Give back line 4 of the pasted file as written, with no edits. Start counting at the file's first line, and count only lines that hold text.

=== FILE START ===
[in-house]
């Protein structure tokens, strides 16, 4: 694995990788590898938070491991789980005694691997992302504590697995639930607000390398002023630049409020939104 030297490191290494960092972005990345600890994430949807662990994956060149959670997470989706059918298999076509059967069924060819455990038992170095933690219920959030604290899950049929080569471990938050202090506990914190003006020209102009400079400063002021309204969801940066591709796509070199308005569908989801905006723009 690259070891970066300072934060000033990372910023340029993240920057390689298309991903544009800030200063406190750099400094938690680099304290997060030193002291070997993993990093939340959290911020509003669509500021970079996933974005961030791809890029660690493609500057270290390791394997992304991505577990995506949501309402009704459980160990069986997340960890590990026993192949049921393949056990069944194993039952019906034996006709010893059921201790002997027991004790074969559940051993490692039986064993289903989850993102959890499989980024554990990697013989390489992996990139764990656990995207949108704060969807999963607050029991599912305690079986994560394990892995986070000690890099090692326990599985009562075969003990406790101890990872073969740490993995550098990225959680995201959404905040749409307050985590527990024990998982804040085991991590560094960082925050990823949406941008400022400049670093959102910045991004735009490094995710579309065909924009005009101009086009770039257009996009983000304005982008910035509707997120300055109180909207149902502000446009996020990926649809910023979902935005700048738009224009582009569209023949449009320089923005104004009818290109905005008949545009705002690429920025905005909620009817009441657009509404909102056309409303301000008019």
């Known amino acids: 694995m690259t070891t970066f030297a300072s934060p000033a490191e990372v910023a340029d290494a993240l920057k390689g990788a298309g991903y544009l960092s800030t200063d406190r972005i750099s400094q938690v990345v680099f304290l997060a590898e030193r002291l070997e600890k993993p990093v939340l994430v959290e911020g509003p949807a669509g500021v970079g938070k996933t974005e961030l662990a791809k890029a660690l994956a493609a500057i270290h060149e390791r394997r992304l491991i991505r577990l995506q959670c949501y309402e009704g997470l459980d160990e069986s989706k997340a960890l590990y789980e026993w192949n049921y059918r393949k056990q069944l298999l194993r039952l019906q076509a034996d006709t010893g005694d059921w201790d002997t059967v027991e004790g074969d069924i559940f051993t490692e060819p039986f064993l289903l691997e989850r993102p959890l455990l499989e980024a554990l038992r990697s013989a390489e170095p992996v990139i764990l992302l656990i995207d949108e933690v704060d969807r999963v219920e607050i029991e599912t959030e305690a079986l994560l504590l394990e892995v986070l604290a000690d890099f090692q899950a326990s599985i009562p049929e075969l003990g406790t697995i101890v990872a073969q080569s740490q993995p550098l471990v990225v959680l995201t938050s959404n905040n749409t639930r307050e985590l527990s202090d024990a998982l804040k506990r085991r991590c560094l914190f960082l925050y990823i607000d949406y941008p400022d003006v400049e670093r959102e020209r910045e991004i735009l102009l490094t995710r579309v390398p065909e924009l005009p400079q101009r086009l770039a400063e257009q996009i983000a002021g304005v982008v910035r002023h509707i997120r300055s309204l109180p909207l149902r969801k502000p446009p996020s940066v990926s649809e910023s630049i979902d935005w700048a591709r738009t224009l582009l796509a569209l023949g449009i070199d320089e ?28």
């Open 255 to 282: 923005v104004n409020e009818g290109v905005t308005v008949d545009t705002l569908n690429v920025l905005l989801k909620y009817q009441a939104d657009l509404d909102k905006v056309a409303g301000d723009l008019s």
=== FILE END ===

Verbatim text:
């Open 255 to 282: 923005v104004n409020e009818g290109v905005t308005v008949d545009t705002l569908n690429v920025l905005l989801k909620y009817q009441a939104d657009l509404d909102k905006v056309a409303g301000d723009l008019s």